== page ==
Nickel miners flaunt planting 4.2 million trees

Over 4.2 million trees have been planted by nickel miners in the CARAGA Region and Palawan, considered as the country’s last ecological frontier, in support of the National Greening Program (NGP).

Moreover, the Philippine Nickel Industry Association (PNIA), through its 7 member-companies, has intensified its greening efforts in recent years as part of the on-going progressive rehabilitation and reforestation in their respective mining areas, according to Executive Director Chairmaine Olea -Capili.

“To date, the aggregate reforestation effort of member-companies comes to a total of about 2,000 hectares, the PNIA official said in a news statement distributed to members of the media during a forum in Quezon City on Tuesday.

The PNIA said forest density is about 2,100 trees per hectare, much higher than the country’s NGP standard.  The NGP standard is 500 trees per hectare.

According to Olea-Capili, native and endemic tree and grass species have been successfully planted since the start of rehabilitation efforts. These include agoho, mahogany, giant bamboo, tiger kamagong, tiga, ipil, narra, and ironwood, as well as fruit-bearing trees like calamansi, rambutan, cashew, jackfruit, and cacao.

Cash-crops like rubber, coffee, vegetables and herbal plants are also grown in mine sites’ respective nurseries, she said.

The NGP, an ambitious reforestation program, was implemented between 2010 and 2016.

In 2015, by virtue of Executive Order No. 193, this was continued under the Expanded National Greening Program, which aims to reforest 1.2 million hectares of open, degraded and denuded forest across the country from 2017 to 2022.

President Duterte recently reiterated his plan to ban surface mining or open-pit mining as a method of extracting minerals in the Philippines, while Cimatu, his alter-ego in the Department of Environment and Natural Resources (DENR), said they plan to reinvent mining by finding other ways to extract mineral without destroying the environment, including the strict implementation of so-called progressive mining rehabilitation, that is sure to affect quarrying and nickel-mining operations.

More than half of the 43 large-scale mining operations go for nickel ores.

Upon extraction, nickel ores are sun-dried in shaved and flattened portions of forests, which requires huge space before shipment, 90 percent of which goes to China and the remaining 10 percent to Japan.

During the forum, Dante Bravo, president of PNIA said nickel-mining companies remain committed to responsible mining that even goes beyond compliance.

Bravo said nickel-mining companies which use surface or open-pit mining method is willing to hold a dialogue with President Duterte and Secretary Roy A. Cimatu of DENR on the issue of open-pit mining.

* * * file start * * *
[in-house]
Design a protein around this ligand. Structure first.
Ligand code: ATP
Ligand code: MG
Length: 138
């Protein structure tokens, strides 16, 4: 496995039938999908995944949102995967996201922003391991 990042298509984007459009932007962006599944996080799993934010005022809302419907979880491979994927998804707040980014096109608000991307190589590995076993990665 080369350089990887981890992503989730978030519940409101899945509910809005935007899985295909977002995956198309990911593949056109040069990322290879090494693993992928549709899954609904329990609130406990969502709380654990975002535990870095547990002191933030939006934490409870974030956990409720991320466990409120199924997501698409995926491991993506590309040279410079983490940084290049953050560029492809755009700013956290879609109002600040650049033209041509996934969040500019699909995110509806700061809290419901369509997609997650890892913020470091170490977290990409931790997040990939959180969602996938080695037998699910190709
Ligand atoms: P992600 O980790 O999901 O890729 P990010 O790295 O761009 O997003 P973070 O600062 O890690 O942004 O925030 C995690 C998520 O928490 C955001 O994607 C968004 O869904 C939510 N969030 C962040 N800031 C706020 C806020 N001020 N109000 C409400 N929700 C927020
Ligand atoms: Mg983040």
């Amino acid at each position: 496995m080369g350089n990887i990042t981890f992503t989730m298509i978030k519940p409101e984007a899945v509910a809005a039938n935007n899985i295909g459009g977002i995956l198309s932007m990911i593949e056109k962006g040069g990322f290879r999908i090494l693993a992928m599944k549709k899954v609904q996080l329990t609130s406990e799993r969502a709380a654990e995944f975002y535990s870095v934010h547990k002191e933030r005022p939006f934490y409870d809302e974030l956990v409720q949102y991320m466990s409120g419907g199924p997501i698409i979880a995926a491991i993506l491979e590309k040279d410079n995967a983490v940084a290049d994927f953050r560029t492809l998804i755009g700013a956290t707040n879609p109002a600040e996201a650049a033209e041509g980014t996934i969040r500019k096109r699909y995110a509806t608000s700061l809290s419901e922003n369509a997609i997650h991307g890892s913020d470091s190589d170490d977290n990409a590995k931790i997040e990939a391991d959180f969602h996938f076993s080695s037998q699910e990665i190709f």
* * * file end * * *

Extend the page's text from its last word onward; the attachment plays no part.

He said the Philippines, the biggest exporter of nickel ore in the world, uses surface mining or open-pit mining method because it is the only way to extract nickel, especially in the Philippines, where more than 50 percent of its export comprised of low-grade nickel.

But Bravo said open-pit mines can be rehabilitated, and as demonstrated by several mining companies under the Philippine Mining Act of 1995, has put in place adequate environmental safeguards and strict requirement for the conduct of progressive mine rehabilitation.

In February last year, former DENR Secretary Regina Paz L. Lopez recommended the closure or suspension of more than two dozen large-scale mining operations, most of which are nickel mines, for failing a mining audit that includes environmental, social, and biodiversity among the criteria on top of the legal and technical aspects of mining operations.

The Mining Industry Coordinating Council (MICC) is reportedly poised to reverse most of Lopez’s orders, after a review which states that 23 of the 27 mining operations have in fact passed environmental standard, with only four mining operations actually failing based on a third-party expert assessment.

Nickel-mining is very destructive as it requires the shaving of forests and leveling to the ground mountains extracting mineral, leaving a giant bowl-like hole that over the years become a catch basin where rainwater accumulates to form an artificial lake with potentially hazardous water.

Abandoned open-pit mines pose very serious threats to people and environment in case of a landslide that may trigger flashflood or mudslide, such as what happened to the Marcopper mine, which caused extensive “ridge-to-reef” damage.






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Jonathan L. Mayuga is a journalist for more than 15 years. He is a product of the University of the East – Manila. An awardee of the J. G. Burgos Biotech Journalism Awards, BrightLeaf Agricultural Journalism Awards, Binhi Agricultural Journalism Awards, and Sarihay Environmental Journalism Awards.


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